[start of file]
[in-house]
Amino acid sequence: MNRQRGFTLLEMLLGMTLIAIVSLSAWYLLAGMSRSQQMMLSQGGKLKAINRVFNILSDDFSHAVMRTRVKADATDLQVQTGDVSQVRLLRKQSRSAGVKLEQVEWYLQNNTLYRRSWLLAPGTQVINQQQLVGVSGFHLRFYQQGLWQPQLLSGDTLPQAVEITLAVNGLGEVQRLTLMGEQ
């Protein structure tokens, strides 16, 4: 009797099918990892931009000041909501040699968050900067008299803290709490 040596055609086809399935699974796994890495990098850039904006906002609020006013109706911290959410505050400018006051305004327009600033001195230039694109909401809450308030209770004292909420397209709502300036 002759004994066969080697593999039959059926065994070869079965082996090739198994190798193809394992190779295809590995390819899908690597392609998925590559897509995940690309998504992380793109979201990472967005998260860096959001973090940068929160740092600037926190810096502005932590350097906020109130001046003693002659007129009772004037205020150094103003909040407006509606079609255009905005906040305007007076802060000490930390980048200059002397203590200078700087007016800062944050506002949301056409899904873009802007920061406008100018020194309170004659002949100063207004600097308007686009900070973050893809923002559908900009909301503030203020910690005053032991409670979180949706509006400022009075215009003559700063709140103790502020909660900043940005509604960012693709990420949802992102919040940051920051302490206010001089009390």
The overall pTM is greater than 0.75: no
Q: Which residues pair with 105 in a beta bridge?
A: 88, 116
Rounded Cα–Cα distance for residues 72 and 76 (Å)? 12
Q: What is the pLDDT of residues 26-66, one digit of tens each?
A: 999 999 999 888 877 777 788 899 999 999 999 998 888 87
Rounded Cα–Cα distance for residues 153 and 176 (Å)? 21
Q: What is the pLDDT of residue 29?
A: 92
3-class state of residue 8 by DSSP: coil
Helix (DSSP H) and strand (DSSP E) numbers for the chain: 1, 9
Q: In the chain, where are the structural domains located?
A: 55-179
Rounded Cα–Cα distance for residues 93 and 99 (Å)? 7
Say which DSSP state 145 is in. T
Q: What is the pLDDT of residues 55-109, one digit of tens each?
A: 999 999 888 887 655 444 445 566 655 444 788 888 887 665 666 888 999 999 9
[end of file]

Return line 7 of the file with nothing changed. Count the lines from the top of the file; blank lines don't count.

Rounded Cα–Cα distance for residues 72 and 76 (Å)? 12